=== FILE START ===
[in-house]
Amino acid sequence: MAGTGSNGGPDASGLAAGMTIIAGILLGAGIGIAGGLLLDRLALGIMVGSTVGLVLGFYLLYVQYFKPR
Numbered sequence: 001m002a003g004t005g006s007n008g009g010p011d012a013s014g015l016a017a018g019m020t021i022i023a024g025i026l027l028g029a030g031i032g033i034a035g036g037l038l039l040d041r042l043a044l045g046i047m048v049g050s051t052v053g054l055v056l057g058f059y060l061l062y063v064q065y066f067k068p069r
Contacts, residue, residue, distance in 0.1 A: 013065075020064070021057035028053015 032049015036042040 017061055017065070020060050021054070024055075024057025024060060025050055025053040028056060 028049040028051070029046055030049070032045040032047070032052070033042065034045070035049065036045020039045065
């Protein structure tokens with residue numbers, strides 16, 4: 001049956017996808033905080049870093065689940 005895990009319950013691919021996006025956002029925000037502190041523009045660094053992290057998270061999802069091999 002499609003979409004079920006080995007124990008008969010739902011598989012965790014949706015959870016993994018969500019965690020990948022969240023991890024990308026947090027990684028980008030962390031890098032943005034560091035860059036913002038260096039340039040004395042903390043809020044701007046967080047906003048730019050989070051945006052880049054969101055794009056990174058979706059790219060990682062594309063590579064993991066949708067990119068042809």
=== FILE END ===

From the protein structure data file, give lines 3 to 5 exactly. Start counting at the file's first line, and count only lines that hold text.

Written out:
Numbered sequence: 001m002a003g004t005g006s007n008g009g010p011d012a013s014g015l016a017a018g019m020t021i022i023a024g025i026l027l028g029a030g031i032g033i034a035g036g037l038l039l040d041r042l043a044l045g046i047m048v049g050s051t052v053g054l055v056l057g058f059y060l061l062y063v064q065y066f067k068p069r
Contacts, residue, residue, distance in 0.1 A: 013065075020064070021057035028053015 032049015036042040 017061055017065070020060050021054070024055075024057025024060060025050055025053040028056060 028049040028051070029046055030049070032045040032047070032052070033042065034045070035049065036045020039045065
């Protein structure tokens with residue numbers, strides 16, 4: 001049956017996808033905080049870093065689940 005895990009319950013691919021996006025956002029925000037502190041523009045660094053992290057998270061999802069091999 002499609003979409004079920006080995007124990008008969010739902011598989012965790014949706015959870016993994018969500019965690020990948022969240023991890024990308026947090027990684028980008030962390031890098032943005034560091035860059036913002038260096039340039040004395042903390043809020044701007046967080047906003048730019050989070051945006052880049054969101055794009056990174058979706059790219060990682062594309063590579064993991066949708067990119068042809």